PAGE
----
I don’t have many complaints about this record, but some more originality would certainly be good. Gorephilia have only embroidered their riffs with vague melodies and tremolos, and with little deviation from the path that has been set, the album sometimes sounds dull and not as efficient as you’d hope it to be, even though its full force assault is a crushing one. With some more atmosphere, and ore variation, the band can expand their style to one that’s less muscular and more spectral (which is the path that they should take), and this record is far from bad, but, I was slightly disappointed only by some of its subtle nuances. 

Pantheon In Flames
Vision Of Hell
Gods Stand Aghast

Rating: 86%

Thursday, July 19, 2012

Antediluvian/Adversarial - Initiated In Impiety As Mysteries

Because I’m relatively new to the modern metal scene, there has not been many releases that I felt excited about so far, but I can see that the tide is definitely changing. Nuclear War Now! Productions have an incredible roster, consisting of bands which mainly devote themselves to the darker aesthetics of death metal, and in the near past, bands like Weregoat or Wrathprayer have clutched me with their woeful hooks and pulled me down into abysmal and fathomless pits, fuelled by constant anger and fury, and their most recent offering, a two way split played by two of the most deadly Canadian bands has crashed onto my shore, and the moment I saw which bands were making it up, I literally felt a warm, sublime wetness in my pants.

Antediluvian and Adversarial are two very cunning black/death acts that have proved themselves in the year 2011 more than many people would have really expected. While Adversarial’s ‘’All Idols Fall Before The Hammer’’ was speedy train full of airy confessions of splintering death metal, juicy, carnal and ultimately destructive, ‘’Through The Cervix Of Hawaah’’ was a strong redolent of Portal and Impetuous Ritual, yet, it was still much praised for its eerie and corrupted nature, bettering the listener into crumbling bits with the drowsy grooves of a darkened pendulum swing, slowly exterminating and vomiting relentless evil. Both bring the best of their sound to the table and join them under one banner, deviating little from their previous style, on this split.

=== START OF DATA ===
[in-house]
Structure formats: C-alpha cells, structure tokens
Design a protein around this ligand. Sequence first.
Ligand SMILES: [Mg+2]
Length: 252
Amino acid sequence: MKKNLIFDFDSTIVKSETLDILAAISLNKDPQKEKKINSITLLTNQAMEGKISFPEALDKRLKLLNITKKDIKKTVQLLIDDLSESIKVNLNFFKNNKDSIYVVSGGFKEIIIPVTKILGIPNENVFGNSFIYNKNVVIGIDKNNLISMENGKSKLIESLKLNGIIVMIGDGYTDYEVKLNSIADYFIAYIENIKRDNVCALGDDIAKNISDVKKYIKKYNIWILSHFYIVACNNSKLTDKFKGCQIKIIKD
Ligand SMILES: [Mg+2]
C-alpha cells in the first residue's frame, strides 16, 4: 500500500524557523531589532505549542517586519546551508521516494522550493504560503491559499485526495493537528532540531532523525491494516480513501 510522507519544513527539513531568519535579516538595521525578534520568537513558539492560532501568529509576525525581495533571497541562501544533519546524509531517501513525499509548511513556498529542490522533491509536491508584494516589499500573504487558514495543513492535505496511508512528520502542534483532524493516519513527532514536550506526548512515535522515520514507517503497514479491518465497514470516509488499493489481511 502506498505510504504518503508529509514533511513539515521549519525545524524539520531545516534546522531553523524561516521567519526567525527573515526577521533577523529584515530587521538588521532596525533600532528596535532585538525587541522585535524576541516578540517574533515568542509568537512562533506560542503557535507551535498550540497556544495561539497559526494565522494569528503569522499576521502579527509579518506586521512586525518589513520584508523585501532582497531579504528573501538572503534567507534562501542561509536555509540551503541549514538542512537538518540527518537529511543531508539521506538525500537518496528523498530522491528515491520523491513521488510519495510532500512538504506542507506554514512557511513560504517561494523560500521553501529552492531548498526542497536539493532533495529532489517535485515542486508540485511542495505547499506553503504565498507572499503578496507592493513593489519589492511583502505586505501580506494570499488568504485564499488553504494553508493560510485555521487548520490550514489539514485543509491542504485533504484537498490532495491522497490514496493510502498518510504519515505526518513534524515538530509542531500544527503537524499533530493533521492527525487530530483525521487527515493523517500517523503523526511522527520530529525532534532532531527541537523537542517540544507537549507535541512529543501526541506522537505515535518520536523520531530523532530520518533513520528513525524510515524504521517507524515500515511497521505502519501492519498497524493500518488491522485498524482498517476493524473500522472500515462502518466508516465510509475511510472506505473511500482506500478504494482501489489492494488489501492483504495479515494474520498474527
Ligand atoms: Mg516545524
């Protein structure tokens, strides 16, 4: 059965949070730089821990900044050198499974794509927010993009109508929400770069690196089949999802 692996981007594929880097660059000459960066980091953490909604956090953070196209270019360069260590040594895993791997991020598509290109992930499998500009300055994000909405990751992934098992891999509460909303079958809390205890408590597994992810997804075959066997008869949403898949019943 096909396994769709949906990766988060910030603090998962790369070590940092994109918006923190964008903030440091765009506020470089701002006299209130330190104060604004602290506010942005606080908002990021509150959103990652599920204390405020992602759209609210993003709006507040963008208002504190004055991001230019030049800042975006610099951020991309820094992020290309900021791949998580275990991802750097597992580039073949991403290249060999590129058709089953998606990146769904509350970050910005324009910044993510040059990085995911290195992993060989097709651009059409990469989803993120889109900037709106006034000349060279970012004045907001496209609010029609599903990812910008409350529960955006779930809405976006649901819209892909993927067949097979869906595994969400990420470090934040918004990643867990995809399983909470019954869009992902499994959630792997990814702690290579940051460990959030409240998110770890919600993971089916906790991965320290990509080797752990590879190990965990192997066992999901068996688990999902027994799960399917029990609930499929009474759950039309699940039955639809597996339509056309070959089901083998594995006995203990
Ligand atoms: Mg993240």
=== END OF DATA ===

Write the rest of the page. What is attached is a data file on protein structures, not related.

The first half of the split belongs to Adversarial, spewing forth three hymns of malicious evil and completely perplexing speed, utterly frenzied and eruptive.  Both bands play their own distinct style of naturally evil-bred death metal, but because they grasp the largely consuming notion in a way that they make almost tangible, both their formulas somehow crash and cross at some point, and with half the product belonging to Adversarial and half of it belonging to Antediluvian, you get a much saturating portion of each band’s inventive style of presenting cantankerous evil. Adversarial’s material flows much more viscously than the other half, as the band unleashes a devastating barrage of gritty energetic and simply pulverizing riffs, overflowing with catchiness and cosmic reverb drenched horror. The super fast discharge of riffs follow each other like a spiralling vortex of brutal terror, streaming to the surface at some point, yet still keeping its existence robust in underground territory, and the mass exploitation of inhuman snarls and constantly grinding tremolos are supported by both a crispy production that allows the cathartic vigor to replenish itself repeatedly and a massive, beat laden pursuit, attached to the riffs, culminating devastation and monstrosity as the train passes. Adversarial’s side of the split, ‘’Leviathan’’, is simply cunning, razor sharp and laden with terrifically composed queer chord sequences, summing to be a most efficient collection of three songs.